I have been thinking a lot about scale. Mostly thanks to John D’Agata’s About A Mountain (which utilizes scale in terms of size, space and story), but also for more personal reasons.
But first, D’Agata, who writes of the spectacle that is Las Vegas, and more specifically, the spectacle that is our country’s half-baked effort at disposing of nuclear waste. I’m speaking of Yucca Mountain (D’Agata’s mountain in question), as well as the Department of Energy’s initial decision to store 77,000 tons of radioactive waste inside the mountain’s bowels. As D’Agata argues, it seems a dangerously simplistic solution to a complex problem: bury what you cannot fix. Out of sight, out of mind, in a mountain.
But D’Agata writes of more than a mountain, and more than the specter of nuclear waste. He writes also of the Stratosphere Tower (our country’s tallest freestanding tower), as well as Las Vegas’s overwrought parades and oversized birthday cakes—both of which point to the boisterousness of the city. But for me, the takeaway beyond the mountain’s mayhem and the city’s glitz was the idea of scale itself.
The idea (one which D’Agata dismisses) is that big things last forever. (I refer you to Shelley’s “Ozymandias”). Because, of course, big things do not last forever. No matter how well we reinforce reinforced steel, we can never escape the rust. Everything—big and small—is always at risk, though the risks vary. Ask Goliath, he’ll tell you: it’s not the size of the rock in the sling, but the aim of the guy who slings it.
Which brings me back to the personal reason why I’ve been thinking about scale: because today we had our ultrasound. When M. and I walked into the hospital, I thought not of big things, but of small ones, and in particular, the special vulnerability that comes with being small. Of course, I had no control of what that ultrasound might reveal, and yet that hardly kept me from slipping into the bathroom in the moments prior, of pressing my hands to the countertop and staring into the mirror to whisper my amateurish prayer. Two and a half years prior, I’d performed the same ritual for H.’s ultrasound, and as I returned to that mirror, that countertop, I found myself thinking of scale differently. I was no longer thinking in terms of physical size, but emotional weight. I began thinking of scale in terms of perspective. Which is, of course, a primary reason for bothering with scale at all. What is scale but a means to help us fathom the unfathomable? A tool to assist us in wrapping our heads around something beyond our understanding.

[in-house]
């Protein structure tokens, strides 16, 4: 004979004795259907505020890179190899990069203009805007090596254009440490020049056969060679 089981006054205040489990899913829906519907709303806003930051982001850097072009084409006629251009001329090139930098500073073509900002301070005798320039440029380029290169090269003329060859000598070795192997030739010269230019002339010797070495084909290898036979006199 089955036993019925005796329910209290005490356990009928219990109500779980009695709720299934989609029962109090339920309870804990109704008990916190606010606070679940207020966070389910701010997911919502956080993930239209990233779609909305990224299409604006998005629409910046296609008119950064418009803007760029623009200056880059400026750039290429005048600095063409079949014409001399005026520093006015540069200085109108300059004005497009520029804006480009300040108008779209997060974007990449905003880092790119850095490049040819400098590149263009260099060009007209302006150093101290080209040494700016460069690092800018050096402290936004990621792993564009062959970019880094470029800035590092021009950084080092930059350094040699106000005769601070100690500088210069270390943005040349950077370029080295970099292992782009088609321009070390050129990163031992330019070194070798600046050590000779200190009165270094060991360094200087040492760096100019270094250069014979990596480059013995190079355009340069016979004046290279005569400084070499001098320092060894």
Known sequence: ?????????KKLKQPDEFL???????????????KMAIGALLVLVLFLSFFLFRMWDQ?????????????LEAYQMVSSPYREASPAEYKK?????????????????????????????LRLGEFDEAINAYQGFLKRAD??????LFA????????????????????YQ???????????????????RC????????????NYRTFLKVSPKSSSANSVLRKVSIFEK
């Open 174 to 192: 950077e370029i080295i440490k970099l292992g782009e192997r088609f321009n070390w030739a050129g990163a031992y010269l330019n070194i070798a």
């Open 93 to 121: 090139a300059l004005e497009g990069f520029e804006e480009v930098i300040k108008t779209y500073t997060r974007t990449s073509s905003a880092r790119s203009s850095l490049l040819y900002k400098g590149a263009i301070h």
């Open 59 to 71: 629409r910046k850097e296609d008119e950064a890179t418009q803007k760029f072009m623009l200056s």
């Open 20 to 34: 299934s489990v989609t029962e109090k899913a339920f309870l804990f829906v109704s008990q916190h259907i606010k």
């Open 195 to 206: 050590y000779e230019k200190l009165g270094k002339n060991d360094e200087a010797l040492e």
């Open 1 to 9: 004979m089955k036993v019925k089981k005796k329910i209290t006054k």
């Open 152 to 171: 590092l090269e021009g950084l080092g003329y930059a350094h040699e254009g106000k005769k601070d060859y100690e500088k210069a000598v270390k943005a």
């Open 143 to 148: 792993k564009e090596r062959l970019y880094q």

Throughout the road trips of my youth, I’d sit in the backseat, stare at the atlas, and wonder: How did we fit the entire country into these pages? How did we take such a big thing and make it small? The maps’ scale helped me sort out my bafflement, but just as I began to understand that an inch could represent a hundred miles, I started to wonder if it might work in the reverse as well; if perhaps we might make a small thing big?
Now I know you can. That is, assuming the bigger body intuits how to build a smaller one. And the prayer whispered in a hospital mirror doesn’t get lost in the mail.
The odd thing about that prayer is that it wasn’t the only prayer I prayed that day. In fact, just an hour or so after the ultrasound, I found myself praying again--or being prayed to--while waiting my turn to speak at a Catholic middle school’s career day. As I skimmed over a few of my notes, a pair of students’ voices hovered across the PA, asking us to rise in prayer.
I admit, Friend, that I’ve never before been asked to rise in prayer. I’ve been asked to kneel, of course, but never to stand. I was alone in the room—no witness to rat me out—and yet I did stand, and then, out of habit, rather comically put my hand over my heart as if reciting the Pledge of Allegiance.
Though, truth be told, I suppose I did make a kind of pledge in that moment. Or a bargain, at least. Blasphemous as it might be, in exchange for a favorable ultrasound, I was ready and willing to pledge allegiance to any god who might parlay my prayer into a promise. Would have sacrificed any lamb upon any alter. For me, it wasn’t even a matter of faith, but a matter of scale: I could still fathom life, but a life without life seemed unfathomable.
All right, I’ll spare you any more melodrama. (After all, this letter was supposed to be about D'Agata's book, remember?) In any case, feel free to shoot me some melodrama sometime soon so we can balance out the universe a bit.
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B.J. Hollars is a writer and a teacher.